"MAF Biosecurity had the advantage of a test run with the Australian experience and still managed to stuff it up.
"It's a worry when an organisation like this fails to ensure a robust and accurate testing regime.
"This mistake had the potential to have a major impact on a multibillion-dollar industry.
"I am re-assured by reports that MAF Biosecurity will use the results of its internal investigation to identify ways to reduce the likelihood of cross-contamination in the future."
Initial testing had 10 quarantined horses returning positive results for equine flu,, five days after their arrival on March 23.
MAF Biosecurity animal imports team manager, Dr Rachelle Linwood, confirmed yesterday that the original samples had been retested.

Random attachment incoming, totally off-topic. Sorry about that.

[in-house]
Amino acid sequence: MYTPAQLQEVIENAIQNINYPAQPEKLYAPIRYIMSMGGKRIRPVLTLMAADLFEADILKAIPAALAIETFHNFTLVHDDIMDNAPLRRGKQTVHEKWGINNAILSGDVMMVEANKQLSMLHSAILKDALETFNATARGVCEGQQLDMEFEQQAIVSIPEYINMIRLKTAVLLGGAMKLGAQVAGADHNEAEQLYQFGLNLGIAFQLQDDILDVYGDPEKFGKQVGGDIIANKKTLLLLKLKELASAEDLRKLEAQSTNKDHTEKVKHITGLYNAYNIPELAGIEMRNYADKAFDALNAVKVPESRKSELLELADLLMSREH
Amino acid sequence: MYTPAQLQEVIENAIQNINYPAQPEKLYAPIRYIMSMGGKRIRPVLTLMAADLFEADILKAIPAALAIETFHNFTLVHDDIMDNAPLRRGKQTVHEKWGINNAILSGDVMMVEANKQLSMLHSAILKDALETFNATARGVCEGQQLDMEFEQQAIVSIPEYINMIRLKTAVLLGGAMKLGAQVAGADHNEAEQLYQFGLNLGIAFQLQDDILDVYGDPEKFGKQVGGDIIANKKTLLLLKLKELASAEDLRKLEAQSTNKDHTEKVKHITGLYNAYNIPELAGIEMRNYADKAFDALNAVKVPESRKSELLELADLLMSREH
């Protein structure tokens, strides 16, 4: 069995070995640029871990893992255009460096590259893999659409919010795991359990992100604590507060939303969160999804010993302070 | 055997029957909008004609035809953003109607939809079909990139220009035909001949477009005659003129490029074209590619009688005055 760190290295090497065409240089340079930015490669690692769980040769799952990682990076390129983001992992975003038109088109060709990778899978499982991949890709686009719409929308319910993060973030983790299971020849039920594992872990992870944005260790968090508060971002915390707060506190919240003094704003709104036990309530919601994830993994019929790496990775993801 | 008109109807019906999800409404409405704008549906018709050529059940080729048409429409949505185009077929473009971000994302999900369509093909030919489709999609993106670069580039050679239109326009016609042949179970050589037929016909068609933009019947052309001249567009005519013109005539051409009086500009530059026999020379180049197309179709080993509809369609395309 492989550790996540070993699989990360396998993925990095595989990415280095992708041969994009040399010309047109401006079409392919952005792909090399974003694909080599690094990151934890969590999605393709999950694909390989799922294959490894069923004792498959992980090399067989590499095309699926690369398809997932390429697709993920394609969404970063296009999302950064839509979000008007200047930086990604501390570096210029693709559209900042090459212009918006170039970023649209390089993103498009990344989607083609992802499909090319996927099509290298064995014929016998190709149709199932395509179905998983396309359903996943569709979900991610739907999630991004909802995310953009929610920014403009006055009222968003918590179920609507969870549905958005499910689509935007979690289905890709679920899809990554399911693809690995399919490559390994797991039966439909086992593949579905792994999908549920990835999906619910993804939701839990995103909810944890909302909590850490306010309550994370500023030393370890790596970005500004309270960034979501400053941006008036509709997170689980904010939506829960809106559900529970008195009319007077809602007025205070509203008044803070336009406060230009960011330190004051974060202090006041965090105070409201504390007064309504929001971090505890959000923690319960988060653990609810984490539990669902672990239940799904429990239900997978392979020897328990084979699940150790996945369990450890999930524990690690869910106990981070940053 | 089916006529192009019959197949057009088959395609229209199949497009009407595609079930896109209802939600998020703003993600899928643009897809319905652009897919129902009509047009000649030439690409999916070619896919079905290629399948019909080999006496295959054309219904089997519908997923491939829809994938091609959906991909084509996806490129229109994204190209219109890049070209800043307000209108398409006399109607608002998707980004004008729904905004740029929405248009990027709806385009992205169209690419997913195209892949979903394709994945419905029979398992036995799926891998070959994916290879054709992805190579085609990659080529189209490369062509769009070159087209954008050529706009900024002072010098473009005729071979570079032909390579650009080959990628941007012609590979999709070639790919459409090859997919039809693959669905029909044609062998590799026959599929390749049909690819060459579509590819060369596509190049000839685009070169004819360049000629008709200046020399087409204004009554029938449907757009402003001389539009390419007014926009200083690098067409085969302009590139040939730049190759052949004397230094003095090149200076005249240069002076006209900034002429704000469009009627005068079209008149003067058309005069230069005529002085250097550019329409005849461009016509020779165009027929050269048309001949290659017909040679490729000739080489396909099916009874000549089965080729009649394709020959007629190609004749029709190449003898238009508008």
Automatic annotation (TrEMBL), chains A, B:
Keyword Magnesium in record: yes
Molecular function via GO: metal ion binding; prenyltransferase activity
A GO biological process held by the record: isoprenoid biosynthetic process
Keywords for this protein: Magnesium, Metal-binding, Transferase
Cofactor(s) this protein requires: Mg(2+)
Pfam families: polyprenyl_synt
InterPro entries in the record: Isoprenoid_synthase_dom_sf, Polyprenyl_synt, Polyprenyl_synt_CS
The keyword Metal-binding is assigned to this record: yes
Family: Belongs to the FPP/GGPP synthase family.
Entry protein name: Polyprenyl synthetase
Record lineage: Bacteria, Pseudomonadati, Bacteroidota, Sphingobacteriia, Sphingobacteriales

"[We] are now certain that the initial positive result was due to contamination in the laboratory," she said.
"While we are very pleased that all samples have now tested negative, it is disappointing that cross-contamination occurred."
The results of an investigation into how the tests became contaminated is under way and initial findings are expected by the end of the week.
Findings from the investigation will be used to identify ways to reduce the likelihood of cross-contamination occurring in the future.